In his 32nd year of coaching baseball, Texas head coach David Pierce is taking the Longhorns to the College World Series for the second time in his five-year tenure with the program.
After advancing without a single defeat through the Regional and Super Regional, Texas earned a spot in the second bracket for the CWS. Tennessee, Virginia and Mississippi State stand in the path of the Longhorns’ chance of playing in a championship series for the 13th time.
At this stage in the season, most teams are facing their opponent for the first time. But that is not the case for Texas, as the Longhorns have a sour taste in their mouth after falling to Mississippi State in Arlington to open up the season.
Instead of approaching this rematch as a revenge contest, the Longhorns are just looking to play up to their potential. After all, this Texas team is completely different from the one that opened up the season with three straight losses.
“We’re not playing Mississippi State in a revenge game because we were 0–3 in Arlington, and they were one of the teams we opened up with. We understand they’re a very good team,” Pierce said during a Wednesday teleconference. “Our intent is to go out and totally focus on ourselves and our team and what we do well.”
Texas didn’t start the season looking like a CWS bound squad. Pierce recalled when his team struggled mightily against rival Texas A&M on March 30, a program that ended their year a mediocre 29–27. With the offense in a slump, the Longhorns’ coaching staff decided to stop making changes to the lineup and instead keep the current one to build cohesiveness.
“We made a commitment to our lineup, and I think that eased some players’ minds,” Pierce said. “I think that’s the biggest turning point.”
When comparing his current team to his 2018 squad that made the CWS, Pierce says that everything is different from the mentality to the team in general.
This year’s team is different in every fashion from the 2018 squad that made the CWS. Pierce said Texas expected all year to get to Omaha, and that they know the job isn’t finished.
“Going in there this year, there’s never been any thought of ‘Hey, we’ve made it to Omaha,’” Pierce said. “It’s the only thought that we’ve had. It’s the next step, we’re going to Omaha to win this thing.”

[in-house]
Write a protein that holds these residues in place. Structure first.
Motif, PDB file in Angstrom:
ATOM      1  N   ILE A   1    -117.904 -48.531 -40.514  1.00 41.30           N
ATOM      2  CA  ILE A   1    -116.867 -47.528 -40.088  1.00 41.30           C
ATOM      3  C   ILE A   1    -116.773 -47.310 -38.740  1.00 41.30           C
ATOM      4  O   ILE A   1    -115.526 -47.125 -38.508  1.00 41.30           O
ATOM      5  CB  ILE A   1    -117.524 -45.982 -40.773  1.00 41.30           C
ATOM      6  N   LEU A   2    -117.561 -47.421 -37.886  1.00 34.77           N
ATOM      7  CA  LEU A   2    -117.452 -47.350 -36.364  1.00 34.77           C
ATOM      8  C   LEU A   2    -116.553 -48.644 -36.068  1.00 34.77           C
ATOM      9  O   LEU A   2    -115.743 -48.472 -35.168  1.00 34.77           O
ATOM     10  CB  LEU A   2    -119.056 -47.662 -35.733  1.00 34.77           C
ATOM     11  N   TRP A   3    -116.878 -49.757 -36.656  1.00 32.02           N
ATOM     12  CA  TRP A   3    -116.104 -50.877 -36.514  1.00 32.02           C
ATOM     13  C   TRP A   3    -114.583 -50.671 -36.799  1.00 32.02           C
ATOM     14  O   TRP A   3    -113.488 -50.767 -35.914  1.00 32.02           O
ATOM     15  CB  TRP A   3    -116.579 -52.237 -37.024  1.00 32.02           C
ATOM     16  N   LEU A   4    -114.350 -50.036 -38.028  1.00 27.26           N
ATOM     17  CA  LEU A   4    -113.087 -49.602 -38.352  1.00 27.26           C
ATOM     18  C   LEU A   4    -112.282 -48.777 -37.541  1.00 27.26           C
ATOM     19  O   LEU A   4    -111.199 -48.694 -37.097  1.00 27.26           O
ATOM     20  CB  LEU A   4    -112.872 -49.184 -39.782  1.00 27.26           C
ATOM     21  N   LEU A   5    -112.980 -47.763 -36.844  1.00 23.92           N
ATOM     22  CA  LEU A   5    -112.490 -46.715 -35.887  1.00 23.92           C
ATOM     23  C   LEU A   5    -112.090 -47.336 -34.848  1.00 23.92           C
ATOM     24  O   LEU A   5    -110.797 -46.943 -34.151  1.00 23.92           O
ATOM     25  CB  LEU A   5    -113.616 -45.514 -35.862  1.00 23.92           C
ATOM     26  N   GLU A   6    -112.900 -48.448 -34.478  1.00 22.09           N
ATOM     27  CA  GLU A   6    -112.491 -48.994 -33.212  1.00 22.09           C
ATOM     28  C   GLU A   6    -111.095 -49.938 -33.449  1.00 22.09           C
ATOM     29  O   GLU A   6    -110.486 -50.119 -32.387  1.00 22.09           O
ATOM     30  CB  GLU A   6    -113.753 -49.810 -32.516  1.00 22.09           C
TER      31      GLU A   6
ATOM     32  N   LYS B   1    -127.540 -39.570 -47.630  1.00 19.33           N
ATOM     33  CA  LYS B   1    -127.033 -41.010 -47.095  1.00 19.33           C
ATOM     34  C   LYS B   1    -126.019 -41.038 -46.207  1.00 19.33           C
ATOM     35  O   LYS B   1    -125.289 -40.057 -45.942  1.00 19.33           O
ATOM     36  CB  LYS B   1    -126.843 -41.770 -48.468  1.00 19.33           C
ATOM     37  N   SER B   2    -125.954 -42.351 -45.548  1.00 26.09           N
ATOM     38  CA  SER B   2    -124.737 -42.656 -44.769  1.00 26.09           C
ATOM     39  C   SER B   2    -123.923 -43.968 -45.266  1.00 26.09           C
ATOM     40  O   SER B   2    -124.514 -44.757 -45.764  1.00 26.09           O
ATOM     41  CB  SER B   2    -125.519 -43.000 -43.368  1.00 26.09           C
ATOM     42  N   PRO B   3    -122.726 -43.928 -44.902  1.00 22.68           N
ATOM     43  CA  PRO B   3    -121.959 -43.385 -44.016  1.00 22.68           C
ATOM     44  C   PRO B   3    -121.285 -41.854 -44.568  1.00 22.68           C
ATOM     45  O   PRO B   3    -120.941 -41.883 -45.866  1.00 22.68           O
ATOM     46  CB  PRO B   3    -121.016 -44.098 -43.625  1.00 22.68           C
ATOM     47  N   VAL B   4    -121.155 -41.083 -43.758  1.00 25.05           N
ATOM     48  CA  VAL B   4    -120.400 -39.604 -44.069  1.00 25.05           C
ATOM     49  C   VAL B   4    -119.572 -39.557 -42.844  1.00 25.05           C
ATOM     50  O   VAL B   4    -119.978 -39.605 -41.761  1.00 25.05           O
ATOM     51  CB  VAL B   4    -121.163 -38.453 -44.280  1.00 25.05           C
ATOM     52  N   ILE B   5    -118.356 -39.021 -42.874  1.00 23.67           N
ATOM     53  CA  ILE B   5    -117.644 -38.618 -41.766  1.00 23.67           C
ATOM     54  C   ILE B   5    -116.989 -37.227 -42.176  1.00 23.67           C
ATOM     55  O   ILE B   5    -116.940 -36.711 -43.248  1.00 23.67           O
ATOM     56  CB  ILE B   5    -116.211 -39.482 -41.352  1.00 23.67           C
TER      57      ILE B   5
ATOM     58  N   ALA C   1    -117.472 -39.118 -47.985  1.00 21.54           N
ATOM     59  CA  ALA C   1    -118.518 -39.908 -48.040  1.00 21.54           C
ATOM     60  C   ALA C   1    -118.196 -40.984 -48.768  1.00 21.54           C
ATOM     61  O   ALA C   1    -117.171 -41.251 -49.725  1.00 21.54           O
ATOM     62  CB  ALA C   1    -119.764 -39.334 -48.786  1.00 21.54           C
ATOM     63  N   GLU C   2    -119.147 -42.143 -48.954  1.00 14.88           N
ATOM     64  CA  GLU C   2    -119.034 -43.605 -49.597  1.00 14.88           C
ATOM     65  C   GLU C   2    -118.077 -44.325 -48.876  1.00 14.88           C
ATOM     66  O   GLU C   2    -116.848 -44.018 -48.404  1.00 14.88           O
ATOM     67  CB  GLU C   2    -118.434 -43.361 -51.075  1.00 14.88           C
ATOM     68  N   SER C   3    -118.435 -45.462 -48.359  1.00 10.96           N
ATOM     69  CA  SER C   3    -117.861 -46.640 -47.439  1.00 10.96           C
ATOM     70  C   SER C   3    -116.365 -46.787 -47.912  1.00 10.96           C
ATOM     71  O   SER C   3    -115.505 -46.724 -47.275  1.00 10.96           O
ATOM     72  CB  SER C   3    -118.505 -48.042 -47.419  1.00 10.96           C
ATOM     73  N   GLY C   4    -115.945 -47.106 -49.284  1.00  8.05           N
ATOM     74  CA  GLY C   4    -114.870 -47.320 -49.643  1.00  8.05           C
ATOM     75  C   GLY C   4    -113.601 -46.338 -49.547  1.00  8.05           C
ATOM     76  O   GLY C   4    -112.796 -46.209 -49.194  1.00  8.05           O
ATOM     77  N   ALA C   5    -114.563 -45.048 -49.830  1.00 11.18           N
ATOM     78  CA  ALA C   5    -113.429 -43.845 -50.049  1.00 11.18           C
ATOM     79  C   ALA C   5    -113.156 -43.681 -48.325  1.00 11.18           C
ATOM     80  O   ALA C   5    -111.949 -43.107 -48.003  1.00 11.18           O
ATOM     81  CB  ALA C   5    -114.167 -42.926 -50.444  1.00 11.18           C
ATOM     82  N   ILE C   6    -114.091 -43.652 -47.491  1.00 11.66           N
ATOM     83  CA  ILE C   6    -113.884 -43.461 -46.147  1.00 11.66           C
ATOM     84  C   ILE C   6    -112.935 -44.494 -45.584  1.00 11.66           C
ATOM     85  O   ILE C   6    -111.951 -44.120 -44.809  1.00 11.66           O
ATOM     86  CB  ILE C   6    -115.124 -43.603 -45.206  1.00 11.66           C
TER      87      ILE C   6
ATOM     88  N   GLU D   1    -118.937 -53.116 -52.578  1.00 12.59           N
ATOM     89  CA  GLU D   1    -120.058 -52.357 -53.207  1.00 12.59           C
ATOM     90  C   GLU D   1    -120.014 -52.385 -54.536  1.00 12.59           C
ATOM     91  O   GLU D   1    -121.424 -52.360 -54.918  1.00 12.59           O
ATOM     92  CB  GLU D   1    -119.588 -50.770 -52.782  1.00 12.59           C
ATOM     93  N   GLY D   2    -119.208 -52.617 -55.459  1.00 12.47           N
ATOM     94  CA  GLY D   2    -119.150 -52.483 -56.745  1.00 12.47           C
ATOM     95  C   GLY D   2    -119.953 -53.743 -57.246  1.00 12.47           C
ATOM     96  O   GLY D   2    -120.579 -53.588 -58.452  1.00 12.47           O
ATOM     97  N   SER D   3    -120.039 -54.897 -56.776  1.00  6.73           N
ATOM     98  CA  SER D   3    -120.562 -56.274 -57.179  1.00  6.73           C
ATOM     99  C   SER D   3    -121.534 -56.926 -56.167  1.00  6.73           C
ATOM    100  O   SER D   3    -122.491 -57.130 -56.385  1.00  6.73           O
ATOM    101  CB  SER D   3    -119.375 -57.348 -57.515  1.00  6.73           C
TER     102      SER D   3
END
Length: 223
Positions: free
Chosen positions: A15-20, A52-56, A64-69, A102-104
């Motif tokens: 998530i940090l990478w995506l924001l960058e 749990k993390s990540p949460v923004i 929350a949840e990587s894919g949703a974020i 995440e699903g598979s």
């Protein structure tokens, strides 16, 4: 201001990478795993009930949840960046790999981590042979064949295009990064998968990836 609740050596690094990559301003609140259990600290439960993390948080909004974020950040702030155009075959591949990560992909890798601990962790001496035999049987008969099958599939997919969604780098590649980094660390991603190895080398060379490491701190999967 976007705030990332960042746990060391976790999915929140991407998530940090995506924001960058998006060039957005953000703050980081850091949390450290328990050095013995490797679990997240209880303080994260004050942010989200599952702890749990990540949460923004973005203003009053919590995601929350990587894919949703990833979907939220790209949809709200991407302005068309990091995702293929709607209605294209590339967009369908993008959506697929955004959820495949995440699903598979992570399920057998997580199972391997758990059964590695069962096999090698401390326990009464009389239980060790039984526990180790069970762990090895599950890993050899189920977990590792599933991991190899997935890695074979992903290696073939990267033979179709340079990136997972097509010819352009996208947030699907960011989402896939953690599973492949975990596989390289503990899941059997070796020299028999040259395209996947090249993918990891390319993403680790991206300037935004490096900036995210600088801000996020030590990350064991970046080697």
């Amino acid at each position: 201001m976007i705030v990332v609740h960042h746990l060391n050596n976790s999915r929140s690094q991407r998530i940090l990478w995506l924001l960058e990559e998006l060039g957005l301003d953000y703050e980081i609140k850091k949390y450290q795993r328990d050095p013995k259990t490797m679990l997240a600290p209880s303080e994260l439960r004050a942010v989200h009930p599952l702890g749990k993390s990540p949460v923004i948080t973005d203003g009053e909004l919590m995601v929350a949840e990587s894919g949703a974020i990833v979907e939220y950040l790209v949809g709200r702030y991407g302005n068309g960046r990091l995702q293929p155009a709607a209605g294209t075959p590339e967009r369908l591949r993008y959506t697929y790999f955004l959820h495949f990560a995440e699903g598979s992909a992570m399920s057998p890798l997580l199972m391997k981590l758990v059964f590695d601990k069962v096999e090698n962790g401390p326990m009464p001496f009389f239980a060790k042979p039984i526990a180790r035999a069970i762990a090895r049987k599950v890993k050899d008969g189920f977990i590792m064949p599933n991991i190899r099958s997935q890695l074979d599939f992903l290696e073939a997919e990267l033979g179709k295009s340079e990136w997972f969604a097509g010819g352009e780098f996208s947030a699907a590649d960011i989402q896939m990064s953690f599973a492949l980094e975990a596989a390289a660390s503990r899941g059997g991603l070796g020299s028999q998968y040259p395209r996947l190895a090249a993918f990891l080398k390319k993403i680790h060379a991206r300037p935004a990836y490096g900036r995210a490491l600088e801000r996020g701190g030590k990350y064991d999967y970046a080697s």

Part of the reason this version of Texas is different is Pierce’s updated approach to practice mentality and schedule. Instead of loosening up certain aspects during training, the entire coaching staff has kept a high level of training that they hope will continue to pay off through the final stretch of the postseason.
“The one thing I’ve done different this year, as opposed to ‘18, (is that) we didn’t back off of anything that we do in our practice, ” Pierce said. “We want to stay sharp. Yesterday (in practice), we went four hours in that heat and we played seven innings.”
Instead of relying on one aspect of the offense, Pierce believes that his batters can display different abilities when asked. From hitting the long ball to bunting, this might be the most clinical lineup Pierce has had during his coaching career.
“We have the ability to score in other ways than the long ball,” Pierce said. “We’ve had some success with the long ball, but we’ve also hit more doubles than we’ve had in previous years.”
After No.1 seed Arkansas was eliminated during the Super Regionals, Texas now holds the highest remaining seed in the tournament. At the end of the day, the Longhorns know that ranking doesn’t matter if they don’t go out and play their game.
Hoping to return to Austin with a CWS title in hand, Pierce knows that no matter how well his team plays, there has to be some magic in Omaha to win it all.
“The pieces (have to) fall into place,” Pierce said. “You got to have a little luck (and) you got to stay healthy. It’s just got to work out.”